A review of Review of Clock Dance by Anne Tyler

Reviewed by Ruth Latta

Clock Dance
by Anne Tyler
Penguin/Random House
Hardcover: 304 pages
July 10, 2018, ISBN-13: 978-0525521228

The clock dance in Anne Tyler’s new novel originates with three pre-teen girls who line up behind each other and move their arms like the hands of a clock. Time flies; life is short, too short to be stalled in a negative pattern left over from childhood, especially if you are sixty-one years old, as is the protagonist, Willa.

“If Willa were to invent a clock dance,” we read, “… hers would feature a woman racing across a state… all the while madly whirling, so that the audience saw only a spinning blur of colour before she vanished into the wings…Gone!”

In Part I of Clock Dance the author shows Willa at four formative events in her life.  In 1967, at eleven, she comes home late one afternoon to find that her mother has taken off after a flare-up with her father.  A volatile personality and a would-be actor, Willa’s mother is often delightful company, but her dull life in a shabby house on outskirts of a small Pennsylvania town rankles, and she frequently explodes in anger and hits the girls.  Their mild-mannered father is a high school shop teacher who can prepare only one meal, grilled cheese sandwiches.  Willa bravely tackles the household chores and takes an optimistic attitude to keep up her six year old sister’s spirits, but inside she is worried sick, because their mother has never stayed away overnight before.

When Willa gets upset over her failed attempt to make chocolate pudding, her father goes into teaching mode rather than that of comforting parent. Willa’s mother returns in an upbeat frame of mind, offering no explanation for her absence. Their father’s failure to confront their mother fills the little girls with dismay. Willa reacts by being distant, and when her father asks if she is mad at him, she says that she is just “overtired”, which her mother always uses as an escuse for lashing out.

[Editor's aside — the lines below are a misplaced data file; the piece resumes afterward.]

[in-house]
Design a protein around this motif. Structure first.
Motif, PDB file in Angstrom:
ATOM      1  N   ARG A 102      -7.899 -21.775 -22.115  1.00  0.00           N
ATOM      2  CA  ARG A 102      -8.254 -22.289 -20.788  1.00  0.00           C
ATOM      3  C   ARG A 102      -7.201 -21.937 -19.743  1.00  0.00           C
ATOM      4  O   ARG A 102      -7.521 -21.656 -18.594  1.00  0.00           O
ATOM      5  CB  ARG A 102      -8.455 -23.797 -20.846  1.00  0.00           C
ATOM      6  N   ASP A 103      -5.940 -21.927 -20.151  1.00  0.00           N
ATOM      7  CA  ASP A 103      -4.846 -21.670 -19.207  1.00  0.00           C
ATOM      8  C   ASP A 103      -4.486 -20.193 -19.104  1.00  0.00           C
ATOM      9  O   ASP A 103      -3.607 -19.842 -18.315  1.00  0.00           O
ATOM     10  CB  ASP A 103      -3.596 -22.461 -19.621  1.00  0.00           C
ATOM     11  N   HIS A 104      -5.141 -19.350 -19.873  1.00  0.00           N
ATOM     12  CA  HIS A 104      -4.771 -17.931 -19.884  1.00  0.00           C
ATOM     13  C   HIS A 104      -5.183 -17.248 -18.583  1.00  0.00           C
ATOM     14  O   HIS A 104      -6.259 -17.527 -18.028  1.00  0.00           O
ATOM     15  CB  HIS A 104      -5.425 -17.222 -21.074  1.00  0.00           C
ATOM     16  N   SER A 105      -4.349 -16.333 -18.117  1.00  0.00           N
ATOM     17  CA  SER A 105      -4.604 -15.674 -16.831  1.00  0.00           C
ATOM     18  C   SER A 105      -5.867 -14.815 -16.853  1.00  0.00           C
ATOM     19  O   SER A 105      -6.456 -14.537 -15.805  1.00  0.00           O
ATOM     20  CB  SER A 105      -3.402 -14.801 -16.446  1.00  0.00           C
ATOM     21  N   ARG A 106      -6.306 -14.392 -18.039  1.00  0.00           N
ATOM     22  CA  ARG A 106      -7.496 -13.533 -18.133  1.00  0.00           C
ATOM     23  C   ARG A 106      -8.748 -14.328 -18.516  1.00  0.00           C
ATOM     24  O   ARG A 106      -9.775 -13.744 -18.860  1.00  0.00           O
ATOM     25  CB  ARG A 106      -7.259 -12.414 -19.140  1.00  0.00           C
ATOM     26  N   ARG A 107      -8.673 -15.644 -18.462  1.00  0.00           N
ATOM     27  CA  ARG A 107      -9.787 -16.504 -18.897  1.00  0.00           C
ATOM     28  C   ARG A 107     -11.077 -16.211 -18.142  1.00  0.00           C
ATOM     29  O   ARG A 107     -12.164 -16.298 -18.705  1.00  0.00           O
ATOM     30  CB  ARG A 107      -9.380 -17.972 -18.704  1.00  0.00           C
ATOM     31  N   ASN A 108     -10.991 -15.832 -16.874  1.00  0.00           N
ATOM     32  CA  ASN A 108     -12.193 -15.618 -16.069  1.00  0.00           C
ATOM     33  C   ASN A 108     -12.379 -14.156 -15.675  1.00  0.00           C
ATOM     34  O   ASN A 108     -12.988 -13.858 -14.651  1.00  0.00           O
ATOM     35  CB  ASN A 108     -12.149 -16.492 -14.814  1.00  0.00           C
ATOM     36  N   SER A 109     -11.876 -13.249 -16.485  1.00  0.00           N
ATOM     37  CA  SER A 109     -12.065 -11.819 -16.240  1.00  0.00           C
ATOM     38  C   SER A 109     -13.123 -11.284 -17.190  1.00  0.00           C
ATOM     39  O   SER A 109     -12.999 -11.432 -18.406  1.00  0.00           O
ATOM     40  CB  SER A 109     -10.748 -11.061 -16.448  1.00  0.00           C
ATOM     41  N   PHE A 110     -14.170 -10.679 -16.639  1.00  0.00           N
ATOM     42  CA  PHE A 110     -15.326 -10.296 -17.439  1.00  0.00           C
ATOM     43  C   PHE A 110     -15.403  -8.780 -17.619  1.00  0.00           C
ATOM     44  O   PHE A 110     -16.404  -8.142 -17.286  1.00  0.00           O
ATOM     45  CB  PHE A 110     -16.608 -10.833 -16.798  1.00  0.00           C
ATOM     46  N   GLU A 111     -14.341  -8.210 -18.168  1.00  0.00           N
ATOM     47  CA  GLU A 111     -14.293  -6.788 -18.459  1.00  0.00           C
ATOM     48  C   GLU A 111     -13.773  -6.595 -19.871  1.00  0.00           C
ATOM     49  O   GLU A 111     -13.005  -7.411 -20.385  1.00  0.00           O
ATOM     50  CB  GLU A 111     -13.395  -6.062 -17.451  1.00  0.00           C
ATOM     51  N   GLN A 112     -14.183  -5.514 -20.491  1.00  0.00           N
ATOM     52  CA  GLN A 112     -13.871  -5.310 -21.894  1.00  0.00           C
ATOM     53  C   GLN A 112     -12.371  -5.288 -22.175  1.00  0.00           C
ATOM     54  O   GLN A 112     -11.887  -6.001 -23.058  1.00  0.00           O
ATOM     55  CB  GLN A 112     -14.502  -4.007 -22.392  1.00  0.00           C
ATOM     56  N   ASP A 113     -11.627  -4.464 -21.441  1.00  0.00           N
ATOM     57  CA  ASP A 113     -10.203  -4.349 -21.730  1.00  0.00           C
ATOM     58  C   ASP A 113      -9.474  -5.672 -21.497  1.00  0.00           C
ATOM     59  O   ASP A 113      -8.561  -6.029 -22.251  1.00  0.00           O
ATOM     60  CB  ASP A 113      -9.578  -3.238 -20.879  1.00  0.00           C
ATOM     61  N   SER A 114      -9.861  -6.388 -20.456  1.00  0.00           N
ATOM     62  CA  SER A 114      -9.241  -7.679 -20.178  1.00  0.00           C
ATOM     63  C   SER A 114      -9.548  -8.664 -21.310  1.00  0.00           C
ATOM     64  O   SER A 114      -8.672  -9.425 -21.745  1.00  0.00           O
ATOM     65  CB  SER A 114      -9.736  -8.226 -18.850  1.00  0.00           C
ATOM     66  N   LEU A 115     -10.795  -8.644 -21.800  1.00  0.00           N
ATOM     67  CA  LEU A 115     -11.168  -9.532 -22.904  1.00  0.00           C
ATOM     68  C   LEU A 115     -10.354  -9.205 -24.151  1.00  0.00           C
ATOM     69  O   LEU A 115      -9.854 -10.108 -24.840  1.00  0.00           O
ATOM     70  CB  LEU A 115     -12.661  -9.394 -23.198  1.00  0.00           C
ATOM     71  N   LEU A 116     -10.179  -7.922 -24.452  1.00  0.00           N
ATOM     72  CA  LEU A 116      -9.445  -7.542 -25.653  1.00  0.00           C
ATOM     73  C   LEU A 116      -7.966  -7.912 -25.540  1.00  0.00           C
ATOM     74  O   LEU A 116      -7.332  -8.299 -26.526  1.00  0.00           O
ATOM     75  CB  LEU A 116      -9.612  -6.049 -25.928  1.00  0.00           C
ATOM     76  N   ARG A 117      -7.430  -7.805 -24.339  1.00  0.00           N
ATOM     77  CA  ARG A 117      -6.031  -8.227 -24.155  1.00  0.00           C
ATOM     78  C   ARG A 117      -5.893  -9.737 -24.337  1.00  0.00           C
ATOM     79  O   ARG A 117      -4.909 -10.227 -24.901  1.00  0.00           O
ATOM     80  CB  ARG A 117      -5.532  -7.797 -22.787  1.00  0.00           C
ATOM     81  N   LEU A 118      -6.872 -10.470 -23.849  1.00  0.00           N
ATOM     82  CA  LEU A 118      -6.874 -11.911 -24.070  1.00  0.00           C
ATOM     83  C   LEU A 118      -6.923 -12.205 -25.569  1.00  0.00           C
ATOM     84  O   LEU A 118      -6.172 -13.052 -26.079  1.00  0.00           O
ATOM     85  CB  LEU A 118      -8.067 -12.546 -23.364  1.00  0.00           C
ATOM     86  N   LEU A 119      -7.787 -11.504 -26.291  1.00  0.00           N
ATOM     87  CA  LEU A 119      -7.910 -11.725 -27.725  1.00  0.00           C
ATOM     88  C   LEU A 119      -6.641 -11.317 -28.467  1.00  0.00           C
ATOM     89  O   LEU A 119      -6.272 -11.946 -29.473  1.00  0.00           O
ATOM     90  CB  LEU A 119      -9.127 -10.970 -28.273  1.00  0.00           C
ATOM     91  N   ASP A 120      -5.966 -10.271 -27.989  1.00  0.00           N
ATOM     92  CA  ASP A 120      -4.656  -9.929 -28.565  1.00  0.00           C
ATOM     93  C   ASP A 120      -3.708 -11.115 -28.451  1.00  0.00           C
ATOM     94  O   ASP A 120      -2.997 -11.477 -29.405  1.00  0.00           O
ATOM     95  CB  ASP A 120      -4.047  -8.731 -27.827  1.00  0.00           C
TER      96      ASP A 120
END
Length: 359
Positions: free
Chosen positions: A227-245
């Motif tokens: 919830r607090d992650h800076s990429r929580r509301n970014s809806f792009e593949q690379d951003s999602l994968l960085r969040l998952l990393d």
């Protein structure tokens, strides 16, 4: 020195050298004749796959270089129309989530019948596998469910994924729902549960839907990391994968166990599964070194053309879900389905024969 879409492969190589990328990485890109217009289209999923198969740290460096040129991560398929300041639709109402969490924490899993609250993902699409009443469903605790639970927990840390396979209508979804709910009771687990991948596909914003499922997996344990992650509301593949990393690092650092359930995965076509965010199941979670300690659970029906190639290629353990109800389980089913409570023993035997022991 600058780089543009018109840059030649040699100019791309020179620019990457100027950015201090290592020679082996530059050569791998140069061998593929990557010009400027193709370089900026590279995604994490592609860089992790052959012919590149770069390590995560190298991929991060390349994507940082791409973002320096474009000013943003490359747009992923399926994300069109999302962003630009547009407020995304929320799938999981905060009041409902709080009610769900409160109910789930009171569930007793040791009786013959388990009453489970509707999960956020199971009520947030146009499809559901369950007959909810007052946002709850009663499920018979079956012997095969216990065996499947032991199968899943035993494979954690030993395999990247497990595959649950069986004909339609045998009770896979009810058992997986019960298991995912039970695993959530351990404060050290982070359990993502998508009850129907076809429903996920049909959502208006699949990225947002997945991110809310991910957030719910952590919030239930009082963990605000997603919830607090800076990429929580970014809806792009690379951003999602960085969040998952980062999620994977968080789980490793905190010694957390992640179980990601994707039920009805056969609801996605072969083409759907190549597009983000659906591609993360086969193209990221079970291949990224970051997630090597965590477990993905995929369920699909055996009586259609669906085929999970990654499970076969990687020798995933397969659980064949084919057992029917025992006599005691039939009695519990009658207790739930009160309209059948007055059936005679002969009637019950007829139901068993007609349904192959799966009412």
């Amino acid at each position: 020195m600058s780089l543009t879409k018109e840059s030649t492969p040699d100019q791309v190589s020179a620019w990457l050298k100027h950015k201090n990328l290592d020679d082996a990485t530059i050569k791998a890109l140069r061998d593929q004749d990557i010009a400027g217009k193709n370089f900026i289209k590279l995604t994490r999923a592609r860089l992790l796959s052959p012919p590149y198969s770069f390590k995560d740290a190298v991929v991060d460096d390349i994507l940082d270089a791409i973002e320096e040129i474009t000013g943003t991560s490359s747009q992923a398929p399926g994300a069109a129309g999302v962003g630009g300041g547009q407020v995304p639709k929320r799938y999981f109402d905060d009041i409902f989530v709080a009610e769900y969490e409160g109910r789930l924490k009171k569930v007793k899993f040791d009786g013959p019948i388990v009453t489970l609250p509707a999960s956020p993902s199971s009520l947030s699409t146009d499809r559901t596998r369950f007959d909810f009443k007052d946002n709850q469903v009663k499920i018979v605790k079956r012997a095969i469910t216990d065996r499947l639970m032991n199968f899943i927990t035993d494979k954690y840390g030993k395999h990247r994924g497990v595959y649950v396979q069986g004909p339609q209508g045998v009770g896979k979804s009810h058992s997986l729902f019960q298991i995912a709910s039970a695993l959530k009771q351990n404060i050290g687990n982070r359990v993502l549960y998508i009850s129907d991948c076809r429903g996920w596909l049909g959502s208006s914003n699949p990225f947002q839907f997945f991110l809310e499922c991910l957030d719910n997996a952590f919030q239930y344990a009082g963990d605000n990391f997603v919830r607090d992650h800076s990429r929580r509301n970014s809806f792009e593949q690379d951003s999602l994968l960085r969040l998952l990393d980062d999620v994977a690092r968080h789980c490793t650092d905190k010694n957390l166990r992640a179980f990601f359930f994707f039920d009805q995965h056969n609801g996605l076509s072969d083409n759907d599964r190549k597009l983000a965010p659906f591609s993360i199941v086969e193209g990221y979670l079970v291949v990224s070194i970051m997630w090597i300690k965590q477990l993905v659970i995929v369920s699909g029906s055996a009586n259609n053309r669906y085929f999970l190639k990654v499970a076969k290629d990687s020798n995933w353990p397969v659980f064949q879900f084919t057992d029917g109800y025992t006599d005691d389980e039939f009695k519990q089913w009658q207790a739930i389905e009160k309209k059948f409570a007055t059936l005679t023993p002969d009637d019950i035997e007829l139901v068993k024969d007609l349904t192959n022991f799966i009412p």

The consequences of Willa’s acquiescent attitude are shown in the next section, which takes place in 1977. With her boyfriend, Derek, she is flying home from their Illinois  college where she is a scholarship student specializing in languages and linguistics.  Derek, who will be meeting her family for the first time, is graduating that spring, with an executive position waiting for him in a sporting goods company in  his home state of California.  Just before the flight, he proposes, urging Willa to marry him that summer and come with him.  Though thrilled to be asked, Willa would prefer to be engaged, and to finish her degree in Illinois, and Derek seems to agree.